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Personal contract hire MINI Clubman, Estate
MINI Clubman, Estate
Personal contract hire MINI Countryman, Hatchback
MINI Countryman, Hatchback
Personal contract hire MINI Hatch, Hatchback
MINI Hatch, Hatchback


MINI HERITAGE

Today’s Mini is, of course, very different to that first car. Under the ownership of the BMW Group, the Mini – or MINI, as it’s officially labelled – is bigger, and is just one of a family of related models. A family that will expand with this latest generation to incorporate versions that Issigonis (who died in 1988) would never have dreamed of.
But what was Issignosis’s vision, and why has the Mini enjoyed such an enduring appeal? Issigonis, born in 1906, was a talented engineer and designer who worked for Humber, Austin and, from 1936, Morris Motors Ltd. There he worked on a number of cars, including the Morris Minor. In 1955 he was recruited by the British Motor Corporation to design a family of new models.

The smaller of these took priority when fuel rationing was introduced to the Suez Crisis and development was accelerated. In August 1959 that small car was launched as the Morris Mini Minor and the Austin Seven. It wasn't until 1961 that it was renamed the Austin Mini, and eight years after that Mini became a marque in its own right.

Issigonis’s design broke the mould, with its transverse-engine, front-wheel-drive layout and incredibly compact dimensions. It revolutionised the small car and became the best-selling British car in history, with a production run of 5.3 million units. Production ran until 2000.

In between, the Mini underwent numerous changes of name and engine, and detail upgrades were made to its exterior design. Different body styles were created too, but its fundamental character and layout were unchanged and it was the “standard” two-door model that had the most timeless appeal: the final model that rolled off the production line in 2000 didn’t look that different to the original 1959 car.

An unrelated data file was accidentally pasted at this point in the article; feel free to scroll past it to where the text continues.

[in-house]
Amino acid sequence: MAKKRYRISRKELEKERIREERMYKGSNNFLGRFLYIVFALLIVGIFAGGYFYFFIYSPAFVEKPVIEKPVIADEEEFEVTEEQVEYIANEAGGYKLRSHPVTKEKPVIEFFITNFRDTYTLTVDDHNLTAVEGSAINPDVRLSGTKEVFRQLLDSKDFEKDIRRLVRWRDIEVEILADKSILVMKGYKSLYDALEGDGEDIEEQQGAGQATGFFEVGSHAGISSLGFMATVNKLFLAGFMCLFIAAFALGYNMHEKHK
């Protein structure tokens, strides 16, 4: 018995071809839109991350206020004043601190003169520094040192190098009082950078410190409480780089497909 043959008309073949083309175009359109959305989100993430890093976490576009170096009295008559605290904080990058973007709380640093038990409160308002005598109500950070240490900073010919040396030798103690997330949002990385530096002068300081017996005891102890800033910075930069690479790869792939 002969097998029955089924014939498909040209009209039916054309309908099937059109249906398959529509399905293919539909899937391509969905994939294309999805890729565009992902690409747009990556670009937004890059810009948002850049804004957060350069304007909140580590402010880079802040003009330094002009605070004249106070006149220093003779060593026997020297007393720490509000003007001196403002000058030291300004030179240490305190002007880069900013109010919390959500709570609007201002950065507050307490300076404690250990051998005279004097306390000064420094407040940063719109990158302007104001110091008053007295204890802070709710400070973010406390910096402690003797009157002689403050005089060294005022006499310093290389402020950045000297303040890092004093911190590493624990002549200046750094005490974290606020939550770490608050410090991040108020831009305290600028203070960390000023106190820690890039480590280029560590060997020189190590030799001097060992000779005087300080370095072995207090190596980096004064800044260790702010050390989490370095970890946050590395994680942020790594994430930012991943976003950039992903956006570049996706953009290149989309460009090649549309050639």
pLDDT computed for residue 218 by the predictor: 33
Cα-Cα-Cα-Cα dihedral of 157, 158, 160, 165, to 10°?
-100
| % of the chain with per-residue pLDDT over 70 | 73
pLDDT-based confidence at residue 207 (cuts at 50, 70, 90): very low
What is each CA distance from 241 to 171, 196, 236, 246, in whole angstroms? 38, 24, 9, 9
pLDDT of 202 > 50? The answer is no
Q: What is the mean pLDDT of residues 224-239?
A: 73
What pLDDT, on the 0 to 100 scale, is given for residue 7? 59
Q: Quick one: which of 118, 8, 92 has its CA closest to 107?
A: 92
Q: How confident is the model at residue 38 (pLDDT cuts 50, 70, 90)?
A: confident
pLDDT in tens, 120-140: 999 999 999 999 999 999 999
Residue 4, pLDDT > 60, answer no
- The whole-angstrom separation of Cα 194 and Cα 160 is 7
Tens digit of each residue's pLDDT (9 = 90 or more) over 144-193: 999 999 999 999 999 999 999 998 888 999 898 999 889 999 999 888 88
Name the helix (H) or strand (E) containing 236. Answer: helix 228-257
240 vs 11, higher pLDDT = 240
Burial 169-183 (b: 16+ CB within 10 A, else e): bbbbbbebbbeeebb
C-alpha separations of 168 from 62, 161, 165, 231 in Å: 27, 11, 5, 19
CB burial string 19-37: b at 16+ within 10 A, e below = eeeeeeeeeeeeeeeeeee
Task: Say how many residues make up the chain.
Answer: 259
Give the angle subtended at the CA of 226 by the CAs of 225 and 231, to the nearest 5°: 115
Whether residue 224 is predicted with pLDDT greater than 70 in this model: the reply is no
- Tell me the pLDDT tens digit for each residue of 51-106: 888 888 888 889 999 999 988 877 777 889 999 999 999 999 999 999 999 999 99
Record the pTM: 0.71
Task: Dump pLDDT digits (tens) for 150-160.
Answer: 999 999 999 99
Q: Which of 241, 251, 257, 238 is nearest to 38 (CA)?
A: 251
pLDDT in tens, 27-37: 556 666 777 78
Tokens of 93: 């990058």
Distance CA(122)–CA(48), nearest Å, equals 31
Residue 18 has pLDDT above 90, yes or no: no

During its lifespan the original Mini was produced at various factories by BMC, then British Leyland and finally the Rover Group. The Rover Group was bought by BMW in 1994 and development on an all-new Mini started. At the 1997 Geneva Motor Show Mini displayed two concept cars that suggested a possible new design direction – the Mini Spiritual and Spiritual Too were three- and five-door models respectively, which aimed to re-interpret the original Mini’s brief in for the 21st century. These futuristic-looking designs were something of a red herring, but with its white roof and round headlights the retro-styled ACV30 concept car (based on an MGF and designed to celebrate the 30th anniversary of Mini's win at the 1967 Monte Carlo Rally) was a glimpse of things to come.

When BMW sold the Rover Group in 2000 it retained ownership of the Mini name, and in 2001 it launched its take on what a Modern Mini should be. The new car was built at its plant in Cowley, Oxford, and although many fans of the original Mini mocked the newcomer's larger dimensions and faux-historical design, it struck a chord and proved to be a huge commercial success. Personalisation was a key part of the car’s appeal and thousands of different colour and trim options were offered. Buyers lapped it up and the average price of Minis leaving the showroom far exceeded their list prices.

Sportier Cooper models, a convertible and a quirky Clubman version with a rear-hinged side door followed, and an updated model with new engines, interior and all-new (but very similar) exterior was launched in 2006. Mini stretched the idea of what a Mini could be when it launched the Countryman in 2010. The “crossover” model was the biggest Mini ever, and was available with four-wheel drive. Unlike the existing models, it was built not in England, but in Austria. Despite more than a few snide sneers and comments, it has become a global sales success.

Now, the next generation of Mini promises to push the concept to new limits. As well as the three-door model revealed today, spy shots reveal that a five-door hatchback and even an estate will join the range. You can expect more variants to follow. Whether or not Sir Alec Issigonis would have approved of today’s Mini, the fact that the new car will inevitably be compared with the one he designed more than half a century ago is testament to just how much that original car is loved and revered.

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